Sunday, August 18, 2013

Agriculture of Guatemala

Guatemala Agriculture 1321
Photo by: Shawn Talbot
In 1998, only about 17.5% of the total land area of Guatemala was used for the production of annual or perennial crops, although almost two-thirds is suitable for crop or pasture use. Agriculture contributes about 23% to GDP, makes up 75% of export earnings, and employs 50% of the labor force. The principal cash crops are coffee, sugar, bananas, and cotton, followed by hemp, essential oils, and cacao. Coffee is grown on highland plantations; most of the bananas are produced along the Atlantic coastal plain. Cash crop output in 1999 included 15,459,000 tons of sugarcane, 200,000 tons of coffee, 3,000 tons of cotton, and 733,000 tons of bananas. Subsistence crop production included 1,109,000 tons of corn and 93,000 tons of dry beans, along with rice, wheat, and fruits and vegetables. Nontraditional agricultural exports have greatly increased in recent years; such products include: lychee, rambutan, melon, papaya, mango, pineapple, broccoli, okra, snow peas, celery, cauliflower, asparagus, garlic, spices and nuts, and ornamental plants. Guatemala's trade surplus in agricultural products was $488.4 million in 2001.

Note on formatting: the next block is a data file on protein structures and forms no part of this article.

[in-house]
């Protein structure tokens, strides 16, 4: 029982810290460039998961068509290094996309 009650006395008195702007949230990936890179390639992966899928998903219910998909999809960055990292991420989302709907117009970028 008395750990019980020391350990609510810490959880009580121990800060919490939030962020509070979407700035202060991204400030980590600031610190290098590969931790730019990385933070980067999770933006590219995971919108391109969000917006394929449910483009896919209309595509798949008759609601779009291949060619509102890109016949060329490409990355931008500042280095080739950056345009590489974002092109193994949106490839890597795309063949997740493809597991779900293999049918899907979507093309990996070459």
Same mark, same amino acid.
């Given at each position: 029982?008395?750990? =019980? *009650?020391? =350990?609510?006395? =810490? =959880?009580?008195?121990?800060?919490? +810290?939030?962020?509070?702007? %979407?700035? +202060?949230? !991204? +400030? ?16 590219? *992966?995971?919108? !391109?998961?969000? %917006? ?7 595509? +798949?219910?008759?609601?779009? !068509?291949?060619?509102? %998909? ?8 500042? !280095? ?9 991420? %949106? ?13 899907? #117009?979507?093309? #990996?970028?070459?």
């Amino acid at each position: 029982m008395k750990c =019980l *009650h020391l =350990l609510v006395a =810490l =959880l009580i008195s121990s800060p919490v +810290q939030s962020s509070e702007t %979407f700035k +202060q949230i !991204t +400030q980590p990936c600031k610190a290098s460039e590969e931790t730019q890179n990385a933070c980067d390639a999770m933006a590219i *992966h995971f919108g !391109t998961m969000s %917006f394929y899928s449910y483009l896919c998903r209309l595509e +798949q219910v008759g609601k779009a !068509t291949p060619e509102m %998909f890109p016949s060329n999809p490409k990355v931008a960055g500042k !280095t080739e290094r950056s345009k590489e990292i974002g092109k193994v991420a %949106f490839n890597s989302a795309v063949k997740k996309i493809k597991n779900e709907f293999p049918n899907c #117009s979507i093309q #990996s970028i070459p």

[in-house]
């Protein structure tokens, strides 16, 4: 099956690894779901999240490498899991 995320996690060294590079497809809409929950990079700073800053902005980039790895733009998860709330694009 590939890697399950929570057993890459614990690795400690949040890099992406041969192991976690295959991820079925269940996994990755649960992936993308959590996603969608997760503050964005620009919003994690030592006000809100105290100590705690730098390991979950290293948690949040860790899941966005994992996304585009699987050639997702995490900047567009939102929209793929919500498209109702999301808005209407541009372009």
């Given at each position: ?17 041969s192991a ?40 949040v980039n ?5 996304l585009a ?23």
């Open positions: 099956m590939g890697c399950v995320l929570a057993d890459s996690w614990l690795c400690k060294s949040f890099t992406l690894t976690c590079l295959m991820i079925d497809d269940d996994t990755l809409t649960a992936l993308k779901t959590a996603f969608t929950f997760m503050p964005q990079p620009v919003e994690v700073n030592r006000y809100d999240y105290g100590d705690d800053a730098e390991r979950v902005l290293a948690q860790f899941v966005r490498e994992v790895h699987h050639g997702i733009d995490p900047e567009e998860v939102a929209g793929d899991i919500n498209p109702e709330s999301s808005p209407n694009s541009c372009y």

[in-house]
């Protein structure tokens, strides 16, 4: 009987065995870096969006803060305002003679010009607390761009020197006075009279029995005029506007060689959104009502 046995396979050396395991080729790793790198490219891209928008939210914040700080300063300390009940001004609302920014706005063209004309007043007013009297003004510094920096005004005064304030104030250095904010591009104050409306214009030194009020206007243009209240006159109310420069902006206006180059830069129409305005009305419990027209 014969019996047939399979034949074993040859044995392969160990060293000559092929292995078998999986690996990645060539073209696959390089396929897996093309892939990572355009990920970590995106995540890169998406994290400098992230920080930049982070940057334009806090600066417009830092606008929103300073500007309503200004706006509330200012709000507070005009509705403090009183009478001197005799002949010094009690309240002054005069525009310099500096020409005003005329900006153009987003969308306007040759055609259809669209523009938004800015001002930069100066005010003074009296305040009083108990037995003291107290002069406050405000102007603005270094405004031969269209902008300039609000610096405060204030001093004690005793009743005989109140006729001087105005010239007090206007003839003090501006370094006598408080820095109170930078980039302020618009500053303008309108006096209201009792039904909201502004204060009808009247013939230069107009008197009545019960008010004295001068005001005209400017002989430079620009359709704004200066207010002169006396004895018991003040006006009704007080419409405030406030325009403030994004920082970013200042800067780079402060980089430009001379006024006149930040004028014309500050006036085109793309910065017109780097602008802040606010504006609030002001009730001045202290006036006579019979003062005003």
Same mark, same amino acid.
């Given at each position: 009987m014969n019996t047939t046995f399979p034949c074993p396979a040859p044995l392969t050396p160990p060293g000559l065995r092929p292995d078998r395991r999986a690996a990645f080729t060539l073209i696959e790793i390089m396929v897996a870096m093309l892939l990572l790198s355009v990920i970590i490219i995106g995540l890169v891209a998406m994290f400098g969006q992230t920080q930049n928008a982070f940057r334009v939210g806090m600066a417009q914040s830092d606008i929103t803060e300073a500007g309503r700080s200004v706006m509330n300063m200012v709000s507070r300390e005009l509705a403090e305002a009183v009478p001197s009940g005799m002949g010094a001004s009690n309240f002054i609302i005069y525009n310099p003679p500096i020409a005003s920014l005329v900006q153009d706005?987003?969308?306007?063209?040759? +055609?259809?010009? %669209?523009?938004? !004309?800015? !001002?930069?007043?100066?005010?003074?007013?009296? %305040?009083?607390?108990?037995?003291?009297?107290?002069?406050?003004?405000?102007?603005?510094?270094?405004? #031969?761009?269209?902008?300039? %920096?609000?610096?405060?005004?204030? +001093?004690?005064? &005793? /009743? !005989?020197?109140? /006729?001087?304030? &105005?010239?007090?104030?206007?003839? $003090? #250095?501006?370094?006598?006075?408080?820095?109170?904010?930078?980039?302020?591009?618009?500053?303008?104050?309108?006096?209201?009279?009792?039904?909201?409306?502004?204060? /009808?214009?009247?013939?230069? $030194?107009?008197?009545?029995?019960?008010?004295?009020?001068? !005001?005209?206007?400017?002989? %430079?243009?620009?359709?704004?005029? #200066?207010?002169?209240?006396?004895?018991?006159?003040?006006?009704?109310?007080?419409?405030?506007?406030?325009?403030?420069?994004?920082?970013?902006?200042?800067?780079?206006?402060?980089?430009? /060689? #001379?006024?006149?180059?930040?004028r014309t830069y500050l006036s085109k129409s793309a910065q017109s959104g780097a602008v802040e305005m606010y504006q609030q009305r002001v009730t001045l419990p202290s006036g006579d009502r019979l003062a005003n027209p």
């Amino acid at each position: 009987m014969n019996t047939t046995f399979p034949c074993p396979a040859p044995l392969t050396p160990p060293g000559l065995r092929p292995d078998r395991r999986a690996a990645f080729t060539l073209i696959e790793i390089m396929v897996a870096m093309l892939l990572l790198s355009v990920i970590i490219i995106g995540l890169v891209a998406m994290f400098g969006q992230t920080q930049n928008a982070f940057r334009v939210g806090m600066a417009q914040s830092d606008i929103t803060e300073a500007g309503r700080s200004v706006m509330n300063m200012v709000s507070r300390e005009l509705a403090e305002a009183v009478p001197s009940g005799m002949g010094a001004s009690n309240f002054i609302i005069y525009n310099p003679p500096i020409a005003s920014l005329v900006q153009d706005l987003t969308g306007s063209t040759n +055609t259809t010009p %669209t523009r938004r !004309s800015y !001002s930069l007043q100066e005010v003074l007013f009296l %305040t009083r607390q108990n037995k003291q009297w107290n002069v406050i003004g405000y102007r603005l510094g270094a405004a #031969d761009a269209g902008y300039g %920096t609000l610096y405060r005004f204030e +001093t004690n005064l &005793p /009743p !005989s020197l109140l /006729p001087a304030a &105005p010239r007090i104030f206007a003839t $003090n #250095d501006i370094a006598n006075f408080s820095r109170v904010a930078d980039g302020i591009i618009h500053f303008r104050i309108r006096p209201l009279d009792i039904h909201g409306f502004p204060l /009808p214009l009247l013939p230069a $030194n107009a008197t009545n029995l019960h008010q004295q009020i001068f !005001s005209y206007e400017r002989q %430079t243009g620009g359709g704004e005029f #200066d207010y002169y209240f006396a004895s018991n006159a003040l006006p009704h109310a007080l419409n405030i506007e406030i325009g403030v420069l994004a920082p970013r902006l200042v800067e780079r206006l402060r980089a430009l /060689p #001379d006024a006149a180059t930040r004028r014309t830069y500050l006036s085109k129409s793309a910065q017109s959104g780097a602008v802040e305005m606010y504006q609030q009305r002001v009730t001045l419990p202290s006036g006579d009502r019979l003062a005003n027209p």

An agrarian reform law of 1952 provided for government expropriation of unused privately owned agricultural lands, with the exception of farms of 91 hectares (225 acres) or less and those up to 273 hectares (675 acres) if two-thirds of the acreage was under cultivation. By 1954/55, 24,836 hectares (61,371 acres) had been distributed to 10,359 farmers. The law of 1952 was supplemented by an agrarian reform law of 1956, which aimed to distribute state-owned farms (fincas nacionales) to landless peasants. From 1954 to 1962, the government distributed 17,346 land titles. In 1962, the National Agrarian Improvement Institute was created to provide assistance to the new landowners and to improve their living standards. The government requires plantation owners to set aside land for the raising of subsistence crops for their tenants. An agrarian credit bank provides loans to small farmers. Some of the land farmed by Amerindians is held in common by groups of families and is never sold.